Science Project:

Create Your Own Miniature Salt Flats!

4.1 based on 176 ratings

Introduction

Evaporites are rocks that are formed by the minerals left behind when the water they were dissolved in evaporates. This is the process that created the great salt flats in Utah, for example--those are mostly made up of evaporates.

Research Questions

  • How do salt flats form?

Terms to Know

  • Sedimentation
  • Evaporation
  • Evaporites

Materials

  • Glass or ceramic pie dish or casserole (if you must use metal, make sure it’s a disposable pan or dish; the salt will wreck metal)
  • 4 cupshot water
  • Spoon
  • 2 cups salt
  • 2 tablespoons baking soda
  • 2 tablespoonssoil

Experimental Procedure

  1. Slowly stir a half cup of salt, one tablespoon of baking soda, and one tablespoon of dirt into one cup of hot water until the salt dissolves completely. Let it sit for a minute, then stir it again and let it sit for another minute.
  2. Pour the mixture into your pie dish and set it somewhere out in the open where it won’t be disturbed. Wait for the water to evaporate completely. This may take only a day or so, or it may take several days, depending on conditions. What you’ve got in the bottom of your pan is like a layer of sedimentary rock that is left after the water that brought the minerals somewhere has evaporated.
  3. Repeat steps one and two, but this time just use half a cup of salt, no baking soda or soil. Now you should get a layer that looks cleaner and has larger crystals.
  4. Repeat steps one through three. Now you should have your own model salt flats that alternate “dirty” and “clean” strata, or layers, showing clearly how the layers are formed. Salt flats are formed in much the same way, with water that has a lot of salt and other minerals in it evaporating and leaving the minerals behind as sediments that form layers over time as the process repeats itself.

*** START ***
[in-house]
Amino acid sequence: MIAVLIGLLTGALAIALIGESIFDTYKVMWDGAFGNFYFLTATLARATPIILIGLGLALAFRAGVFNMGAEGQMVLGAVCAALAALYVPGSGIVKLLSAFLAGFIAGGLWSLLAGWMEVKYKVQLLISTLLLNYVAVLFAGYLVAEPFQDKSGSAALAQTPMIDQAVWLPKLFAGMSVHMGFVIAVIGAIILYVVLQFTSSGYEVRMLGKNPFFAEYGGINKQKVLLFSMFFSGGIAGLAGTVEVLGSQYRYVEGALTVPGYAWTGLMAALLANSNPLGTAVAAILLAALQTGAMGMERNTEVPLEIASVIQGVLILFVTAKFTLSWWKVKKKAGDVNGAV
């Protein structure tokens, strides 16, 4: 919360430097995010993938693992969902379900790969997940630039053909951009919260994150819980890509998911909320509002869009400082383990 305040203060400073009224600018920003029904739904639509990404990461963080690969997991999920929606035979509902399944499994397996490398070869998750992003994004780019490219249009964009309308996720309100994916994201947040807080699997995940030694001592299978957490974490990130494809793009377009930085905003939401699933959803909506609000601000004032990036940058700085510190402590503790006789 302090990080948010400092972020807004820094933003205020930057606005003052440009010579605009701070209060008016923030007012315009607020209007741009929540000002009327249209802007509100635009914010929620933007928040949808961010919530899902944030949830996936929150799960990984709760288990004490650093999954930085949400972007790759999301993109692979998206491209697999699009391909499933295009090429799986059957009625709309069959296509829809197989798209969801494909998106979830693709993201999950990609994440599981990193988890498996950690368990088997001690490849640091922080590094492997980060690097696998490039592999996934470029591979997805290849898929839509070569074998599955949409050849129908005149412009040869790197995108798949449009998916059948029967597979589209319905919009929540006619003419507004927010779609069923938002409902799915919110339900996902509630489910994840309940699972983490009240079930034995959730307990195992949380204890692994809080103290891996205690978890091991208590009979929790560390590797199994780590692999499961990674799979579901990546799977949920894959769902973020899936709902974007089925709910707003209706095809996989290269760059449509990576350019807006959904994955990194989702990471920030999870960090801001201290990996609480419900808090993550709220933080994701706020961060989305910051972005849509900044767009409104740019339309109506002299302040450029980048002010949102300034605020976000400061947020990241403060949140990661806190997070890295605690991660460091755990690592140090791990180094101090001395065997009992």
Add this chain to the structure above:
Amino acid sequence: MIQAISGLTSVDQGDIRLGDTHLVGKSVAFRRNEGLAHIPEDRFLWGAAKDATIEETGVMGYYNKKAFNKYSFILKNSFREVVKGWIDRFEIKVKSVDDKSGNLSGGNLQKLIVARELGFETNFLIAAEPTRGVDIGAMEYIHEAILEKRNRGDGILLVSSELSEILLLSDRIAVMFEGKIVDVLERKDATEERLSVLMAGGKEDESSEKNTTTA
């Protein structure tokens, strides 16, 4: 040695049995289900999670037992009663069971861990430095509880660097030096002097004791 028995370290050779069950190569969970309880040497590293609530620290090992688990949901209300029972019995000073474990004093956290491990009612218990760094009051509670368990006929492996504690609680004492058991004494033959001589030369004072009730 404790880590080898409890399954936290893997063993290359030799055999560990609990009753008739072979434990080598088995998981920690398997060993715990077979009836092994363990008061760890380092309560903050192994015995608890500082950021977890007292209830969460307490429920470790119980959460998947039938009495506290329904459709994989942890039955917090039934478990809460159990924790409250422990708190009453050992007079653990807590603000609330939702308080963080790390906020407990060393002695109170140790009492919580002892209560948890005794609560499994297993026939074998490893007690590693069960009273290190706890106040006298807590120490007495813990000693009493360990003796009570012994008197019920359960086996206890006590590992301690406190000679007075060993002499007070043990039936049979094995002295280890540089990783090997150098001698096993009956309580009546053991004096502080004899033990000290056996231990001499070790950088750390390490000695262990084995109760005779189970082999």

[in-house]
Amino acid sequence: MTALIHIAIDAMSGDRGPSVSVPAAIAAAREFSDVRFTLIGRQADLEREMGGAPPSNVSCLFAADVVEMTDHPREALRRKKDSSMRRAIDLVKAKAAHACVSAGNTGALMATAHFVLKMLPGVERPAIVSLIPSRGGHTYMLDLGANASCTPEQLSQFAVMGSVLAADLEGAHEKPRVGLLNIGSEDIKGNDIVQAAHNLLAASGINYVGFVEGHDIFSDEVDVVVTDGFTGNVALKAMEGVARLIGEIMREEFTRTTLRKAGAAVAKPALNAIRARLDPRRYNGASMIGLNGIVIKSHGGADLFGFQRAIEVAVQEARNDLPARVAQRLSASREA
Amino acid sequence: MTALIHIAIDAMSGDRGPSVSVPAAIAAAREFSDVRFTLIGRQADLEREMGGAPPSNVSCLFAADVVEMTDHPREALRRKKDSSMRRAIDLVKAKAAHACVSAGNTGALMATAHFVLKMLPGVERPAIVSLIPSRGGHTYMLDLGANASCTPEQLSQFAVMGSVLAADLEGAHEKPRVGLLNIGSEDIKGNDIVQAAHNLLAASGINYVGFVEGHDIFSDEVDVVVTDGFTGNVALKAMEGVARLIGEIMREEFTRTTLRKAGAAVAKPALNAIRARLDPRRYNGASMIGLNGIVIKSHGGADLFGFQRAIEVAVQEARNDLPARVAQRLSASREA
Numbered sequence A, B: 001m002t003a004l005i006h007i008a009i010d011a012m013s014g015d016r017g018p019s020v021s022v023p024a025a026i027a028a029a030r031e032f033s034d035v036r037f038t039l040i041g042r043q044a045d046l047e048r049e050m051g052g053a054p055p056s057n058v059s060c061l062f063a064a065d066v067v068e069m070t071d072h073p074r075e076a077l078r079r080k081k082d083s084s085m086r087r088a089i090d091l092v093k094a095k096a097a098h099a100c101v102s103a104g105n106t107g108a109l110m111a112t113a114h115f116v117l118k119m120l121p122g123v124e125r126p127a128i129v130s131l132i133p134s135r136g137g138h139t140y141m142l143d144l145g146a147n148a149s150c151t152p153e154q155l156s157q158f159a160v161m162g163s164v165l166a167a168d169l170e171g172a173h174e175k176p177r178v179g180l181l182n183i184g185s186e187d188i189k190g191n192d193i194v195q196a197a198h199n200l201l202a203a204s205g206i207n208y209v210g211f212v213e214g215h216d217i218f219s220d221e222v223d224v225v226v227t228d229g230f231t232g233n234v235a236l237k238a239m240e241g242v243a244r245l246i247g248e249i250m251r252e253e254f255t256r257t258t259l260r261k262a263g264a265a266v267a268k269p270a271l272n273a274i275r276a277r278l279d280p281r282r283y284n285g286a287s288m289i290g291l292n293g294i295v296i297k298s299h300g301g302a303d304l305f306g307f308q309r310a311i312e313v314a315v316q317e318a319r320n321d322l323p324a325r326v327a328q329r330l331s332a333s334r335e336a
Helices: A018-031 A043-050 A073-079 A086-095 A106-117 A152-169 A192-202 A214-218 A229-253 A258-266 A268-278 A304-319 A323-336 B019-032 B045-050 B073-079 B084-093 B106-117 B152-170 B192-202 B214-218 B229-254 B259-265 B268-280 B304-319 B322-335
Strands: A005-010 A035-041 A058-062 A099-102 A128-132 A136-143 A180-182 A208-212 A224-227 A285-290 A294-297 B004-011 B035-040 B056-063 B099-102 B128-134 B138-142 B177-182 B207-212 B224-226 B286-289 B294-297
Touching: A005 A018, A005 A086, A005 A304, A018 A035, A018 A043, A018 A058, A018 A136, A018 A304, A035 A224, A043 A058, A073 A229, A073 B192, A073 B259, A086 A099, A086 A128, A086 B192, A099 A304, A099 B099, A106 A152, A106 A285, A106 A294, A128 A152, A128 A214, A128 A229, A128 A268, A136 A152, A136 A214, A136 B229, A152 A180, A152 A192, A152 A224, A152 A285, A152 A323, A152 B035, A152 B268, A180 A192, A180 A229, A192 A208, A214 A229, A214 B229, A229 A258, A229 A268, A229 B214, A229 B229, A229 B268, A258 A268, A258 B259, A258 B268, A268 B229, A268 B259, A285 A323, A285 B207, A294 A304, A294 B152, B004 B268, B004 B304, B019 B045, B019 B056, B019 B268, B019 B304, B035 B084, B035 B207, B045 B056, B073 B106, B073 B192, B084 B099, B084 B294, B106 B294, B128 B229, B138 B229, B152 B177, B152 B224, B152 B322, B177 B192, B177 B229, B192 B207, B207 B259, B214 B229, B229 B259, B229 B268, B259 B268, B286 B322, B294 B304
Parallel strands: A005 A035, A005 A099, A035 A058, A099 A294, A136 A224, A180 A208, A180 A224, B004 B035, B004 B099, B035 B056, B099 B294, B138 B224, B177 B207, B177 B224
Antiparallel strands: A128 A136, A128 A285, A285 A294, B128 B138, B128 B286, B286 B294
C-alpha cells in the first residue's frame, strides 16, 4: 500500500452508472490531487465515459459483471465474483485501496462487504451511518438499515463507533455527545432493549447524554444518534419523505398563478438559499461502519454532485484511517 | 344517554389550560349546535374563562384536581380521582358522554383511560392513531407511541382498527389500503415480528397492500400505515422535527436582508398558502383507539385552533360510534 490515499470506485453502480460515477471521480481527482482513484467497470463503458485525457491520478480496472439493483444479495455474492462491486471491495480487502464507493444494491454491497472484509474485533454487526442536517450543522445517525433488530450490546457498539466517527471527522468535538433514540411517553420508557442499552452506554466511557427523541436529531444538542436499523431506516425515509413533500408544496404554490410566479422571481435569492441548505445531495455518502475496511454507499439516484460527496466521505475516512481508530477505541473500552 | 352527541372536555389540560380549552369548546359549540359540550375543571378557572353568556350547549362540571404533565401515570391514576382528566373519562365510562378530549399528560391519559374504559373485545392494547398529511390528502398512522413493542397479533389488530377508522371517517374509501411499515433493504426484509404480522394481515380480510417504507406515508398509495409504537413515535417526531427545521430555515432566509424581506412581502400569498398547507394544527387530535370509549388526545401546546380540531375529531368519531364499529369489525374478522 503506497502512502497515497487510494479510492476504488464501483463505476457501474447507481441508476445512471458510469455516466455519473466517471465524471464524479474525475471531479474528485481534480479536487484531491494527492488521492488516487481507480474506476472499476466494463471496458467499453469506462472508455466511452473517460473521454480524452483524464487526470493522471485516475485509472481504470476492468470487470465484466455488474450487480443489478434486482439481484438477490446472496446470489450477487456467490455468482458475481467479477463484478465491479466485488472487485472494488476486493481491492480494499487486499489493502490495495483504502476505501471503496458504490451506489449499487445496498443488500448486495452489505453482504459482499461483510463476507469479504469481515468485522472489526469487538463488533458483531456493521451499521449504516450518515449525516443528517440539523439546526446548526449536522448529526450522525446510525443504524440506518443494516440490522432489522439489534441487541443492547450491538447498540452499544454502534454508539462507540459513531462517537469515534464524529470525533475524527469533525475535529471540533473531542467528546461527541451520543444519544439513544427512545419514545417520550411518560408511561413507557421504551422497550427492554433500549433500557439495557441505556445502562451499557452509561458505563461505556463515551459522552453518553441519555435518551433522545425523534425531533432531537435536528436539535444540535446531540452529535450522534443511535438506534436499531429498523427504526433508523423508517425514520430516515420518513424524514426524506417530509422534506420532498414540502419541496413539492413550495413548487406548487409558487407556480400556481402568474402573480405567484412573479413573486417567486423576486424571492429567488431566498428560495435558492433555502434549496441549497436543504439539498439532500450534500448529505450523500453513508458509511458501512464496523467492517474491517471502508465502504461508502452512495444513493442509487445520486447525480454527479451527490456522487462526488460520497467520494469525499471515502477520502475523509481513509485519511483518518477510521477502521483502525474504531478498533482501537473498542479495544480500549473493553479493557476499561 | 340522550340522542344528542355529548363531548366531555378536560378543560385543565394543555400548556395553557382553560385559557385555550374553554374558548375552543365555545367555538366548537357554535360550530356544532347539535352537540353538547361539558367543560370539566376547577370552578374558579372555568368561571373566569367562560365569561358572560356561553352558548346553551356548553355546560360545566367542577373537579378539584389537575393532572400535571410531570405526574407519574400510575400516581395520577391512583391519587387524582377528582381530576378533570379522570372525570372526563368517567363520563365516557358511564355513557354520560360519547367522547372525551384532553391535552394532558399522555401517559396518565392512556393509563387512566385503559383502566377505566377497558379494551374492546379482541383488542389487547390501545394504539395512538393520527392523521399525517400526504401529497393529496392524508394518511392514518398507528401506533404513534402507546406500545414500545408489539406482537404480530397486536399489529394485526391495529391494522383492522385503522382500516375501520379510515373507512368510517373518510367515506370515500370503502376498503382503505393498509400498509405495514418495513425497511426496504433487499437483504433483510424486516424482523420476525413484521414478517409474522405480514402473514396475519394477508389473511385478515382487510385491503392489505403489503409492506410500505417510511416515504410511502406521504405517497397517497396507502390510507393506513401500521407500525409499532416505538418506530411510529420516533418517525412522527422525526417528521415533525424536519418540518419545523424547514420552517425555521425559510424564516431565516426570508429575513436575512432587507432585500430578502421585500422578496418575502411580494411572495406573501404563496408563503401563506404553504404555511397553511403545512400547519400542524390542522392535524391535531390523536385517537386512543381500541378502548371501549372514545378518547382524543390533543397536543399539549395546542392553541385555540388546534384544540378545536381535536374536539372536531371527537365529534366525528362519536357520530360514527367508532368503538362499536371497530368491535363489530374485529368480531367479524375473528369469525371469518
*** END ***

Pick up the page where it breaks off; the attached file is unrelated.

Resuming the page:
Bibliography

Dig It!: Over 40 Experiments in Geology, by Lockwood DeWitt and B. K. Hixson, pp. 175-180 (Loose in the Lab Science Series, 2003).

Author: Michelle Formoso
Disclaimer and Safety Precautions

Education.com provides the Science Fair Project Ideas for informational purposes only. Education.com does not make any guarantee or representation regarding the Science Fair Project Ideas and is not responsible or liable for any loss or damage, directly or indirectly, caused by your use of such information. By accessing the Science Fair Project Ideas, you waive and renounce any claims against Education.com that arise thereof. In addition, your access to Education.com's website and Science Fair Project Ideas is covered by Education.com's Privacy Policy and site Terms of Use, which include limitations on Education.com's liability.

Warning is hereby given that not all Project Ideas are appropriate for all individuals or in all circumstances. Implementation of any Science Project Idea should be undertaken only in appropriate settings and with appropriate parental or other supervision. Reading and following the safety precautions of all materials used in a project is the sole responsibility of each individual. For further information, consult your state's handbook of Science Safety.

How likely are you to recommend Education.com to your friends and colleagues?

Not at all likely
Extremely likely